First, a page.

An open letter,
My students often ask me, “Why should we, Americans, care about Ukraine and the Ukrainians? We have the serious political problems in other parts of the world. What is special about this Ukrainian situation?”
My first reaction to these questions was, “because the Ukrainian events now are the real revolution of the Ukrainian youth, people of the same age as you, my students.” In fact, in February, the overwhelming majority of participants of this revolution on Maidan square in Kiev and other Ukrainian cities and villages were either college students or high school students.
Another reason why should Americans care about Ukraine is the position of my country in the geopolitical world. It is a large European country with nearly 45.4 million citizens of multiple nations and is the cultural bridge between Western Europe and a huge post-Soviet space. In the Soviet time, the Ukraine was the most important and conservative, loyal to Moscow, republic of the Soviet Union. And now this symbol of conservatism and stability is gone.
Now Ukraine is a location of the first democratic revolution in post-Soviet space after 1991, which challenged the major negative leftovers of the Soviet “communist” system — the corrupt state capitalism of former Communist and KGB apparatchiks, which still exists and flourishes in all post-Soviet states. Moreover, this “Euro Maidan Revolution” in Kiev united the representatives of various ethnic and religious groups in their struggle against corruption, oppression and humiliation by the criminal oligarchy, led by Viktor Yanukovych, the ex-president.
Unfortunately, the Russian mass media, controlled by Russian President Vladimir Putin, keeps presenting Maidan Revolution as the “Western, American conspiracy” against the legitimate government, and the participants as “terrorists, extremists” and even as “fascists.” Rumors about the “Nazi threat from the West” are spreading among the Russian speaking population in the East and the South of Ukraine, feeding the separatist intentions among the local ethnic Russians.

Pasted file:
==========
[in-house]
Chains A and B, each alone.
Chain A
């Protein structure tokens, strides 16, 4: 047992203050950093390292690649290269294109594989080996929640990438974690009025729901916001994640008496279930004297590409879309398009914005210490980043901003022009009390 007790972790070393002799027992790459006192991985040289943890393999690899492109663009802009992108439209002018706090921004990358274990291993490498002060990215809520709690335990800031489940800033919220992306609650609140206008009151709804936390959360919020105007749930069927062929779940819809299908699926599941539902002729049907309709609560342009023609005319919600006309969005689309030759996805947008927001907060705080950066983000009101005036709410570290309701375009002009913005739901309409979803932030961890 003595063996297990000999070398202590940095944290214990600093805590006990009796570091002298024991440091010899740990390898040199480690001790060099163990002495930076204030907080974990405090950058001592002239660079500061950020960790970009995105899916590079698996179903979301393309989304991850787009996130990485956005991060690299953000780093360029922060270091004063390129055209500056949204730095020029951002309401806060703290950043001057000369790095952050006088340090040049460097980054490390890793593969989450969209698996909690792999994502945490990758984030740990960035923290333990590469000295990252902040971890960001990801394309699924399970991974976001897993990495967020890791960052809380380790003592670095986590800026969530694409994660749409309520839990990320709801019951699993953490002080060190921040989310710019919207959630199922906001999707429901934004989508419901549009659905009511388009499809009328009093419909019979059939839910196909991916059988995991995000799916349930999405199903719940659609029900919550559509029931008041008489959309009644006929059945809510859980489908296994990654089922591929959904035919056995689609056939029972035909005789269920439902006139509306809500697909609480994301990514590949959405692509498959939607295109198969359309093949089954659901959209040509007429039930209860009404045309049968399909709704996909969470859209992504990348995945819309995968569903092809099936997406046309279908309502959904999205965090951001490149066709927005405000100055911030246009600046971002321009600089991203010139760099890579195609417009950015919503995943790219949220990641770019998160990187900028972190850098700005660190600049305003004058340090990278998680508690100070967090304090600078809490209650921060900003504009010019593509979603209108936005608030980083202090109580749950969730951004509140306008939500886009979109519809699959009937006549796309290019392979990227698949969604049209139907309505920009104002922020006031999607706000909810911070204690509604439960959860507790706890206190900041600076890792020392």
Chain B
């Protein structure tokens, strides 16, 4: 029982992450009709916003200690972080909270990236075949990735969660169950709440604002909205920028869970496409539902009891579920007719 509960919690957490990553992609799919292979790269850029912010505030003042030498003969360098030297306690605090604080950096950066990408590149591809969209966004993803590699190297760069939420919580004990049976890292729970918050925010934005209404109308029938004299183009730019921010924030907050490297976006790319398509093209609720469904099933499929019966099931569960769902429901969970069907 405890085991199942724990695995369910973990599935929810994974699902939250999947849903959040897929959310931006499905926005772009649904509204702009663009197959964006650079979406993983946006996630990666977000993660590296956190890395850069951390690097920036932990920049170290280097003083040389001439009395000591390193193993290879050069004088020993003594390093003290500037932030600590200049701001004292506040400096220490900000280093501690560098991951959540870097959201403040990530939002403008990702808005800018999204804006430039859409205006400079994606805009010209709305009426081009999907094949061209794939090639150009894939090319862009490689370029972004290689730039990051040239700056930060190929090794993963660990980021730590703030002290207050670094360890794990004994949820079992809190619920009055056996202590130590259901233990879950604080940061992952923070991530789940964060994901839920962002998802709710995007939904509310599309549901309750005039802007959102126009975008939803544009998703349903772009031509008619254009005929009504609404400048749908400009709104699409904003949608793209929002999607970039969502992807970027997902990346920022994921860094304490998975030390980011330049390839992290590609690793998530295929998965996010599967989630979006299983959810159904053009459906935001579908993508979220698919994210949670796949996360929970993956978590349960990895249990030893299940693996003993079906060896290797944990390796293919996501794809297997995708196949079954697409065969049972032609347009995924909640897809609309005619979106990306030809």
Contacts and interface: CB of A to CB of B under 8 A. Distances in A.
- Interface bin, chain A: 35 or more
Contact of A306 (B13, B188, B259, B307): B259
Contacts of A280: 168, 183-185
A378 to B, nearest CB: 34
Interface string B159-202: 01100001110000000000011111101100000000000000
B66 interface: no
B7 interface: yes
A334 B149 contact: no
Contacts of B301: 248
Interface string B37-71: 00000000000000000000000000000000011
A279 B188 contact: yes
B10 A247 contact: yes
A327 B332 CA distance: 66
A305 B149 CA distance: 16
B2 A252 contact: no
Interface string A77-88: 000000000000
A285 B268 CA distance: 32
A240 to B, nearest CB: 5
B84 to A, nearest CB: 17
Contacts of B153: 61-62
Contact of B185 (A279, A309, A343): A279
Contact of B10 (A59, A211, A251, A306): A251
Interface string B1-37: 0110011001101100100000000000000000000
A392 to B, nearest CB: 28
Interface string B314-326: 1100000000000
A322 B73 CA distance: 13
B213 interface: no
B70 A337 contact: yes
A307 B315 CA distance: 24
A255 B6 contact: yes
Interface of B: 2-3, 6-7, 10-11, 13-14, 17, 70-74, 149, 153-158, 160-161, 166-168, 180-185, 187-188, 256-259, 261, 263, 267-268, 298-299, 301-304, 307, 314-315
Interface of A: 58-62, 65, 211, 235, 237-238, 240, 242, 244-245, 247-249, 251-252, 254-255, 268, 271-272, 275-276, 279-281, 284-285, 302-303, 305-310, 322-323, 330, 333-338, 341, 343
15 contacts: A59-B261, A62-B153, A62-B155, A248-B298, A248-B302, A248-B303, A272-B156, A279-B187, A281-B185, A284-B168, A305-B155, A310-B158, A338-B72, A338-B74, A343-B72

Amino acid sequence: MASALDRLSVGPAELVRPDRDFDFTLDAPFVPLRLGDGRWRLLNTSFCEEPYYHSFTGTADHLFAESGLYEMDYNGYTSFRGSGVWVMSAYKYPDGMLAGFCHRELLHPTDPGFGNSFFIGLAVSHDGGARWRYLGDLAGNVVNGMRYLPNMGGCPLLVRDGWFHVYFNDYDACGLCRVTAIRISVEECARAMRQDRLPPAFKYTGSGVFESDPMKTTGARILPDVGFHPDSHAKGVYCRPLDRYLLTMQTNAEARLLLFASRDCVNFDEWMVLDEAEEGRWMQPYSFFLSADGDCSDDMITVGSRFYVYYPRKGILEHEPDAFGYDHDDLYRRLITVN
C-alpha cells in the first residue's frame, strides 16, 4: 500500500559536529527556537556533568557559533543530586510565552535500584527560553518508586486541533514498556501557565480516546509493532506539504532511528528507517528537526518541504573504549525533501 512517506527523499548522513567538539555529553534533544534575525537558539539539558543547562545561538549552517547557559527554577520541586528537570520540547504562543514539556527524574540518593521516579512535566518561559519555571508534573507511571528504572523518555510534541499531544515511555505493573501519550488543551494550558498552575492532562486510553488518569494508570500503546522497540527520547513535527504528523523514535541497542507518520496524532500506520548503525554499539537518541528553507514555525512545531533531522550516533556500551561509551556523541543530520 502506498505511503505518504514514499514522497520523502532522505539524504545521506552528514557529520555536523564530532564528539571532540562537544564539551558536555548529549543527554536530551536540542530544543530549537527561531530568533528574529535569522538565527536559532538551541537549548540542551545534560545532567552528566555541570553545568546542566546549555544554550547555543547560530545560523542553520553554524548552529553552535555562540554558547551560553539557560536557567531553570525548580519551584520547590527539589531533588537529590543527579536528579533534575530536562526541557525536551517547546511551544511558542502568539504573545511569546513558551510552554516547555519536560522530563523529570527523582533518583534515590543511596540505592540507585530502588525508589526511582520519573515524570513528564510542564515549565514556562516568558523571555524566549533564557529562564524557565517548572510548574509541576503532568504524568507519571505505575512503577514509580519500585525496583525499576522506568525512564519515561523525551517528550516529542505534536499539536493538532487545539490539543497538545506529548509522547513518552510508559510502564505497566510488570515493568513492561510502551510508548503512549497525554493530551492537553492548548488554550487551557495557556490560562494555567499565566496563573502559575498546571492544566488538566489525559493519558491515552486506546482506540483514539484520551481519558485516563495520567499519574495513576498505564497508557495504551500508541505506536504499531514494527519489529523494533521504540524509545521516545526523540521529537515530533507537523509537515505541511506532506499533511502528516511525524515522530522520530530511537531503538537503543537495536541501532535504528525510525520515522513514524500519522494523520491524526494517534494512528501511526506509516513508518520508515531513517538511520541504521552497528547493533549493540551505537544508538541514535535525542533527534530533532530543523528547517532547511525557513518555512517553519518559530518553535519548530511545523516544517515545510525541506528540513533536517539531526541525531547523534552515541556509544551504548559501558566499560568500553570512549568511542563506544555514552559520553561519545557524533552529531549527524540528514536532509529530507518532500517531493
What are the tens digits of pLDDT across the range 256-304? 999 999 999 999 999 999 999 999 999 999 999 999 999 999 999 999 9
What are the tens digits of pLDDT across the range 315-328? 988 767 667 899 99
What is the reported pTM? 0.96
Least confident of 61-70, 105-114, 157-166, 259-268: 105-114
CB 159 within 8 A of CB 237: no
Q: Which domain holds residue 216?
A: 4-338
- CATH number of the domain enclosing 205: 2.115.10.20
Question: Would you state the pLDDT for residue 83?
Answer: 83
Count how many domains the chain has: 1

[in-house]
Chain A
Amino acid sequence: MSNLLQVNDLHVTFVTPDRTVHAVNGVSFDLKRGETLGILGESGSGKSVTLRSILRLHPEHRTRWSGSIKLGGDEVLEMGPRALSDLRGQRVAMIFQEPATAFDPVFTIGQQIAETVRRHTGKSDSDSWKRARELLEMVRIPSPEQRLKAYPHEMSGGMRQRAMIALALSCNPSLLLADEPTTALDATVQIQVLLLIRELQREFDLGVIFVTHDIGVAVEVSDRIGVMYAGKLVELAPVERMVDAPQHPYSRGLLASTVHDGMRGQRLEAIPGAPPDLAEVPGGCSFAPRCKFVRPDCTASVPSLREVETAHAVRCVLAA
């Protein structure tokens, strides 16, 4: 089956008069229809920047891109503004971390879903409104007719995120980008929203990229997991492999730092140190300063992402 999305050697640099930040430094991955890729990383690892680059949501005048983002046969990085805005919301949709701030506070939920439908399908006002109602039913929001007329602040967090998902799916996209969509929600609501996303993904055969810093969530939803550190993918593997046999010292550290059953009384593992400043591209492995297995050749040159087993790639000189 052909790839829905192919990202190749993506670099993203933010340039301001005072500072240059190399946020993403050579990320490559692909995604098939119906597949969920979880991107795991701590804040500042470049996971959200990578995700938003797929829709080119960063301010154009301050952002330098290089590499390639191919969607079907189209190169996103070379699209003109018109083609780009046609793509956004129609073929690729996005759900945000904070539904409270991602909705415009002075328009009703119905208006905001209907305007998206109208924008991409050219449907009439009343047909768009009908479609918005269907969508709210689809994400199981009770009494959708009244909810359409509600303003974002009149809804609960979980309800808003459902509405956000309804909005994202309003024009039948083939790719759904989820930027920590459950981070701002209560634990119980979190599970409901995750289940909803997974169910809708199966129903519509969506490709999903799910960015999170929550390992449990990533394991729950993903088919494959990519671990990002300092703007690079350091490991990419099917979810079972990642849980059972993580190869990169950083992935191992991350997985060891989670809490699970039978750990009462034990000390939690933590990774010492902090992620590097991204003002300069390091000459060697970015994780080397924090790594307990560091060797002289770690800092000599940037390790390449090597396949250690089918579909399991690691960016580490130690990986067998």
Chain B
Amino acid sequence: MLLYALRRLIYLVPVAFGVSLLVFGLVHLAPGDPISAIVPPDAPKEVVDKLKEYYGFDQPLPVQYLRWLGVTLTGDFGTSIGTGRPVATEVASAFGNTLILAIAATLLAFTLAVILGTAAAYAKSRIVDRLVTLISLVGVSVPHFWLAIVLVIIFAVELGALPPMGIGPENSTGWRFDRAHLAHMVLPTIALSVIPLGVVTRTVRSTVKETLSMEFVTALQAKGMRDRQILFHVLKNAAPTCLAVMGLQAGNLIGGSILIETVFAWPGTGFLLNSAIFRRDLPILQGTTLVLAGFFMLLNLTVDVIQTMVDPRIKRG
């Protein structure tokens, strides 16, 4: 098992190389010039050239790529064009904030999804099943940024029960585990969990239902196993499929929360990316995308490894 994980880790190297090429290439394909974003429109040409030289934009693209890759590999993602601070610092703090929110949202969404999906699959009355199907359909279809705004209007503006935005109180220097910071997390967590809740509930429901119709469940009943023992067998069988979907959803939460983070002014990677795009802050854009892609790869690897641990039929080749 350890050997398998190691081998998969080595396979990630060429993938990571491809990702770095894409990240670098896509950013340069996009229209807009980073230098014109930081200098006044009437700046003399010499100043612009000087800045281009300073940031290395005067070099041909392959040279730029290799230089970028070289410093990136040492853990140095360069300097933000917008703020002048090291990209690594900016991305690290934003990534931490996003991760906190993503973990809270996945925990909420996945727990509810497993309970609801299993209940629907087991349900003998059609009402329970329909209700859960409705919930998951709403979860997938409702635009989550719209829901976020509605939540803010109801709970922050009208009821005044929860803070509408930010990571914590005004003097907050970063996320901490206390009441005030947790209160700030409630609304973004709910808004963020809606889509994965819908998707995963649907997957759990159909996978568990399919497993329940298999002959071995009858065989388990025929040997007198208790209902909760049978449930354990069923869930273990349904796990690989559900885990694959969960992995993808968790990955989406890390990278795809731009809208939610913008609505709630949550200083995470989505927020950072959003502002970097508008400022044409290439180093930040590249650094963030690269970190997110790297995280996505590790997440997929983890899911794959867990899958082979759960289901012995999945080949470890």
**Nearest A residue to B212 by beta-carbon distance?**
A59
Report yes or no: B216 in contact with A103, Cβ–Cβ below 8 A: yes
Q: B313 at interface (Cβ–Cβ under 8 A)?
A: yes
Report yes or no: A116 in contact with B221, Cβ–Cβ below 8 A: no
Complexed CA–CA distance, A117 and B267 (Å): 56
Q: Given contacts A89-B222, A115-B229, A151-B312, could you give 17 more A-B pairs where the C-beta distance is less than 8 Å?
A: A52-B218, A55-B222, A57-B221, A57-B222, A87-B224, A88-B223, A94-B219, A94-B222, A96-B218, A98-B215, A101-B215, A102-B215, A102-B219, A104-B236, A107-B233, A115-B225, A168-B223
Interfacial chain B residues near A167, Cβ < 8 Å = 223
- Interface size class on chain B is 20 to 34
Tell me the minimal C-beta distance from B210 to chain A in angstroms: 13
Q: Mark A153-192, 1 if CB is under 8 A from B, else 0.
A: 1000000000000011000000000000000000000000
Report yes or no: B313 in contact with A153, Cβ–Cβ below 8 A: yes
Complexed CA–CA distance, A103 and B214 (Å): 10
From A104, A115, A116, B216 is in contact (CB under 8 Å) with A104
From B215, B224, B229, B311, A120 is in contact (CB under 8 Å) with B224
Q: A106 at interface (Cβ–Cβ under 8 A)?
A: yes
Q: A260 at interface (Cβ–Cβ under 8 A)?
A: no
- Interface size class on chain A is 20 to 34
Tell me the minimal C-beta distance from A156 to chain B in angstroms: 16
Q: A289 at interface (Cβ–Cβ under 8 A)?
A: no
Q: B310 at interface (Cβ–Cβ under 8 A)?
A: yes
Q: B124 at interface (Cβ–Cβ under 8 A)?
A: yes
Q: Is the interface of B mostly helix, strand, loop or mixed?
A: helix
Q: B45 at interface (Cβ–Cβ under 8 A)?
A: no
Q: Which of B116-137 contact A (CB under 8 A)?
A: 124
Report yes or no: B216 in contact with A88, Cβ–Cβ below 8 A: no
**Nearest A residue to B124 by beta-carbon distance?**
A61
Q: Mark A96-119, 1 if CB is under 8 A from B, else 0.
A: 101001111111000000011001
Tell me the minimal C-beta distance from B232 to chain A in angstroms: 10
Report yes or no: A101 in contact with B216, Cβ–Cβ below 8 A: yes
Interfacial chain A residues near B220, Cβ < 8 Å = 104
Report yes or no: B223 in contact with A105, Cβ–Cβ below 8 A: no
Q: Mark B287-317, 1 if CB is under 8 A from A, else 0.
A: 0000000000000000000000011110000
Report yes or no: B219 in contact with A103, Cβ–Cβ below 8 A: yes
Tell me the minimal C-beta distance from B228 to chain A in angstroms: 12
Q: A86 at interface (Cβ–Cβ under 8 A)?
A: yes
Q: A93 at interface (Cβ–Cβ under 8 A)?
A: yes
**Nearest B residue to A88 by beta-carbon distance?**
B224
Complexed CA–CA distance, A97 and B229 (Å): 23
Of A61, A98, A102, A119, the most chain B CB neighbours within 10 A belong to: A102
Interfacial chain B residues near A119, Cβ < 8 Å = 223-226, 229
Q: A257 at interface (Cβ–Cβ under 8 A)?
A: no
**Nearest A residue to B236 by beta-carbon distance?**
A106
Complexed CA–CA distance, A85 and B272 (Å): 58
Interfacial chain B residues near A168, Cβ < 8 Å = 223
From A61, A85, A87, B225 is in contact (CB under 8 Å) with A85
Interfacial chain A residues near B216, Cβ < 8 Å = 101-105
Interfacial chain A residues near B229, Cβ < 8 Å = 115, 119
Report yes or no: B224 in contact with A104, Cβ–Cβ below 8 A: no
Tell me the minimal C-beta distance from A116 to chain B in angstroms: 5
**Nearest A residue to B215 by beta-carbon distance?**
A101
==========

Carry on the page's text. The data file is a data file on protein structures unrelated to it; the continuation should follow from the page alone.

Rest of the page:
Meanwhile, after the violence of last week, the young activists of Maidan face the real threat to the Revolution: the economic and financial catastrophe. Since 2010, Yanukovych and his clan of oligarchs had been privatizing the land and industrial enterprises, killing the Ukrainian economy, enriching themselves and impoverishing the population.
As a result of this rule, Ukraine is on the brink of the complete economic and financial collapse. This threat of the pending financial catastrophe only exacerbates the controversial political situation in the East and in Crimea, where Russian-speaking population called the government of the Russian Federation for help.
My relatives, who live in eastern Ukraine, said they already have the serious problems with a lack of cash in ATMs and the empty shelves in food stores. This difficult economic situation could contribute to the growing separatism in Crimea and in the East and threaten the very survival of the revolution.
That is why Ukraine and its revolution urgently need the financial help from the international community. If the world and the United States want to have the new democratic Ukraine survive, and the democratic ideals win in Eastern Europe, the Ukrainian people need not just words, but the real help from democratic America. Therefore, I appeal to all my American friends, my students and my colleagues, please, help my Ukraine, do not leave this newly born democratic nation alone.
I remind all my American friends, that you also can help the families of those who died during the revolution. Please follow these links and you can send money to these families:
facebook.com/helpthefamiliesmaidan and euromaidansos.org/uk/node/39
With love and hope for democratic Ukraine,
Dr. Sergei Zhuk, an associate professor of history